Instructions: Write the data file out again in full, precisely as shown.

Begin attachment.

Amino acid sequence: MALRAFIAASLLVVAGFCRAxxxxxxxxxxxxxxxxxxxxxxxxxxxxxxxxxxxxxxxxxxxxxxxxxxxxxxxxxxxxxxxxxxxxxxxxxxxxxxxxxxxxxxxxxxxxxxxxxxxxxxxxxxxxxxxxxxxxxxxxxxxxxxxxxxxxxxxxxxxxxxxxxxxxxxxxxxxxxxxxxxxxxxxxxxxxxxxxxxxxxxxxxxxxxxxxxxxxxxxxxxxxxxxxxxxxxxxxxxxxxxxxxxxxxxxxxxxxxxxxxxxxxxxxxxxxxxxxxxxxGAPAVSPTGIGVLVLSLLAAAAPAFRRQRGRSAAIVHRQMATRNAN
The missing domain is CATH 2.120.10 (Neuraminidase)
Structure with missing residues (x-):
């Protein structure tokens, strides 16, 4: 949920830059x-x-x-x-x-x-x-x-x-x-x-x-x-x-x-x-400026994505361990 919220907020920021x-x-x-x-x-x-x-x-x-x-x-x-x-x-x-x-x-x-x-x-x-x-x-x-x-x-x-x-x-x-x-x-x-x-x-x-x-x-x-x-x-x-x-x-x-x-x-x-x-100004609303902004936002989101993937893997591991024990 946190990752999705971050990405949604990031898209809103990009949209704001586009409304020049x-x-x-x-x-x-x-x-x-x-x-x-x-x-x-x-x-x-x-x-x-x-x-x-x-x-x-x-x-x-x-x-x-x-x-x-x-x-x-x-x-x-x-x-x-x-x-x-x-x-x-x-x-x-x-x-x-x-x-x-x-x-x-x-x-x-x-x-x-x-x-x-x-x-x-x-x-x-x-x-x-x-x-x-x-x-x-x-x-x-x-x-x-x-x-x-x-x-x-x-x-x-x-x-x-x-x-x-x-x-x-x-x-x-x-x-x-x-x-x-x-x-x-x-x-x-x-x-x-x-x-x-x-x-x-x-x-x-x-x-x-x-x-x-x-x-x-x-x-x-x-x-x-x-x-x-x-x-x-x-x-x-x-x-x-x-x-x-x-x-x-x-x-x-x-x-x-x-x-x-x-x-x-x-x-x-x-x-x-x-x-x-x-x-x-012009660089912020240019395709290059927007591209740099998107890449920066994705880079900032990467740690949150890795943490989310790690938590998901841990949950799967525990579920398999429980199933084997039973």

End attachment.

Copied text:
Amino acid sequence: MALRAFIAASLLVVAGFCRAxxxxxxxxxxxxxxxxxxxxxxxxxxxxxxxxxxxxxxxxxxxxxxxxxxxxxxxxxxxxxxxxxxxxxxxxxxxxxxxxxxxxxxxxxxxxxxxxxxxxxxxxxxxxxxxxxxxxxxxxxxxxxxxxxxxxxxxxxxxxxxxxxxxxxxxxxxxxxxxxxxxxxxxxxxxxxxxxxxxxxxxxxxxxxxxxxxxxxxxxxxxxxxxxxxxxxxxxxxxxxxxxxxxxxxxxxxxxxxxxxxxxxxxxxxxxxxxxxxxxGAPAVSPTGIGVLVLSLLAAAAPAFRRQRGRSAAIVHRQMATRNAN
The missing domain is CATH 2.120.10 (Neuraminidase)
Structure with missing residues (x-):
């Protein structure tokens, strides 16, 4: 949920830059x-x-x-x-x-x-x-x-x-x-x-x-x-x-x-x-400026994505361990 919220907020920021x-x-x-x-x-x-x-x-x-x-x-x-x-x-x-x-x-x-x-x-x-x-x-x-x-x-x-x-x-x-x-x-x-x-x-x-x-x-x-x-x-x-x-x-x-x-x-x-x-100004609303902004936002989101993937893997591991024990 946190990752999705971050990405949604990031898209809103990009949209704001586009409304020049x-x-x-x-x-x-x-x-x-x-x-x-x-x-x-x-x-x-x-x-x-x-x-x-x-x-x-x-x-x-x-x-x-x-x-x-x-x-x-x-x-x-x-x-x-x-x-x-x-x-x-x-x-x-x-x-x-x-x-x-x-x-x-x-x-x-x-x-x-x-x-x-x-x-x-x-x-x-x-x-x-x-x-x-x-x-x-x-x-x-x-x-x-x-x-x-x-x-x-x-x-x-x-x-x-x-x-x-x-x-x-x-x-x-x-x-x-x-x-x-x-x-x-x-x-x-x-x-x-x-x-x-x-x-x-x-x-x-x-x-x-x-x-x-x-x-x-x-x-x-x-x-x-x-x-x-x-x-x-x-x-x-x-x-x-x-x-x-x-x-x-x-x-x-x-x-x-x-x-x-x-x-x-x-x-x-x-x-x-x-x-x-x-x-x-012009660089912020240019395709290059927007591209740099998107890449920066994705880079900032990467740690949150890795943490989310790690938590998901841990949950799967525990579920398999429980199933084997039973």